Nov 9, 2017

Interview Transcript

Dr. Jones: Uh oh, you're having a hot flash. That means you're not going to sleep tonight. Now you're getting sweaty. Now you have to go in the bathroom and wash your face and maybe change your shirt. You feel awful. This is Dr. Kirtly Jones from Obstetrics and Gynecology at the University of Utah, and we're talking hot flashes on The Scope.

Announcer: Covering all aspects of women's health, this is The Seven Domains of Women's Health with Dr. Kirtly Jones, on The Scope.

Dr. Jones: We're not just talking about hot flashes today in The Scope. We're talking about the midlife transition with Dr. Lisa Taylor-Swanson, who is an Assistant Professor at the College of Nursing. And we're talking about what happens when you have a symptom, maybe it's a headache, maybe it's you're anxious, maybe you're not sleeping, maybe you're having a hot flash. Once you get ramped up and you're totally involved in that symptom, it makes you feel awful. And we know that for insomnia, cognitive behavioral medicine or mindfulness training definitely helps people get to sleep. But if you're in bed and you're saying, "I'm not sleeping. Oh my God, I'm not sleeping. Oh, I hate this, I'm not sleeping," then you are pretty sure not to fall asleep. So help us think a little bit about mindfulness training and how it might help in the menopausal transition.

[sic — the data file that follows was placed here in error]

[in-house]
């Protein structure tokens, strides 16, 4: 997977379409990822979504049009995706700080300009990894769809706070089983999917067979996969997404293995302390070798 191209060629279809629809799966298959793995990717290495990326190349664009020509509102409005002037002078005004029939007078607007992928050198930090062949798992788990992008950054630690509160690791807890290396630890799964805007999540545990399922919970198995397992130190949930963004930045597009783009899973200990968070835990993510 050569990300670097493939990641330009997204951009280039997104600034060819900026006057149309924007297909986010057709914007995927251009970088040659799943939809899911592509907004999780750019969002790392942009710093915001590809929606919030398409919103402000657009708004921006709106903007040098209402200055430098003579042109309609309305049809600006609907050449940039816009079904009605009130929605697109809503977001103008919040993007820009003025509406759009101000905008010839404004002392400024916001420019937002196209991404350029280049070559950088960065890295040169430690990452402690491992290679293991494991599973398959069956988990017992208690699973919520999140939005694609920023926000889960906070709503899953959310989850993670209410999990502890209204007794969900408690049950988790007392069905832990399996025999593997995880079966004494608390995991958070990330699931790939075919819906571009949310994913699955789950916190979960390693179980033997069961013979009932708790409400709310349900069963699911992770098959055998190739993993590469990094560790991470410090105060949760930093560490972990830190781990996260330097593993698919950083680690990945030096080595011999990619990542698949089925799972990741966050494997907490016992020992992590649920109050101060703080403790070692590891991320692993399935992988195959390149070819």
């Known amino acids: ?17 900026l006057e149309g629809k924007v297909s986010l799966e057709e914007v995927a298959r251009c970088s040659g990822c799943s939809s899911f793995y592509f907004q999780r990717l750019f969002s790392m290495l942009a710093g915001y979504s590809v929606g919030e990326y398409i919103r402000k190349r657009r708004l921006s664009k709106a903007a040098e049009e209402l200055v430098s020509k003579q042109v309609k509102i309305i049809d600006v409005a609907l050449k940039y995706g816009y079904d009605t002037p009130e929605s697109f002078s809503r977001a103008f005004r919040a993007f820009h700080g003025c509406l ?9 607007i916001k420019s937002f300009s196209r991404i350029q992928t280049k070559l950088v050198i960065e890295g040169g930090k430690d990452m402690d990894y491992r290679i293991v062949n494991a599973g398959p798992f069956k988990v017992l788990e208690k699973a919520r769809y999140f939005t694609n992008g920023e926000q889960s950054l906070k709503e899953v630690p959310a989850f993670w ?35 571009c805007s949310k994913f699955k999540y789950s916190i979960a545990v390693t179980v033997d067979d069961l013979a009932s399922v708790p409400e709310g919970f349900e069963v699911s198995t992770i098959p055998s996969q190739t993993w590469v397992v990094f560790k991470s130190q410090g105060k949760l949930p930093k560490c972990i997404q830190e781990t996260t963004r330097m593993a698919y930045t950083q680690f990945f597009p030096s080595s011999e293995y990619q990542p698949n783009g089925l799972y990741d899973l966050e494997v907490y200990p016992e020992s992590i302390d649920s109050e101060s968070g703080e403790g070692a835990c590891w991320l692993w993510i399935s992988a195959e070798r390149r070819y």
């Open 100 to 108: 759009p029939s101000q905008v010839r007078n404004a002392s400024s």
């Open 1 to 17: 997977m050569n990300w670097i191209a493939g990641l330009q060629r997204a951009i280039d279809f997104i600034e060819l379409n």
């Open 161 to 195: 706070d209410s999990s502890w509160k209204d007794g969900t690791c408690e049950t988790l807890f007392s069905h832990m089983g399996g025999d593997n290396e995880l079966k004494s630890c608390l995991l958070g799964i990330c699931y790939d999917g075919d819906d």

Dr. Taylor-Swanson: Oh, I'm happy to do so. It's something I've thought a lot about because I think it's important to consider. When researchers were first investigating hot flashes, they looked only at hot flash severity and hot flash frequency. And over time, they started to ask about, "Huh, well, what about bothersomeness and interference?" And there's the question of, say, if I'm having a hot flash right now, I feel, "Oh, I'm getting warmer, I'm starting to sweat, this is a hot flash."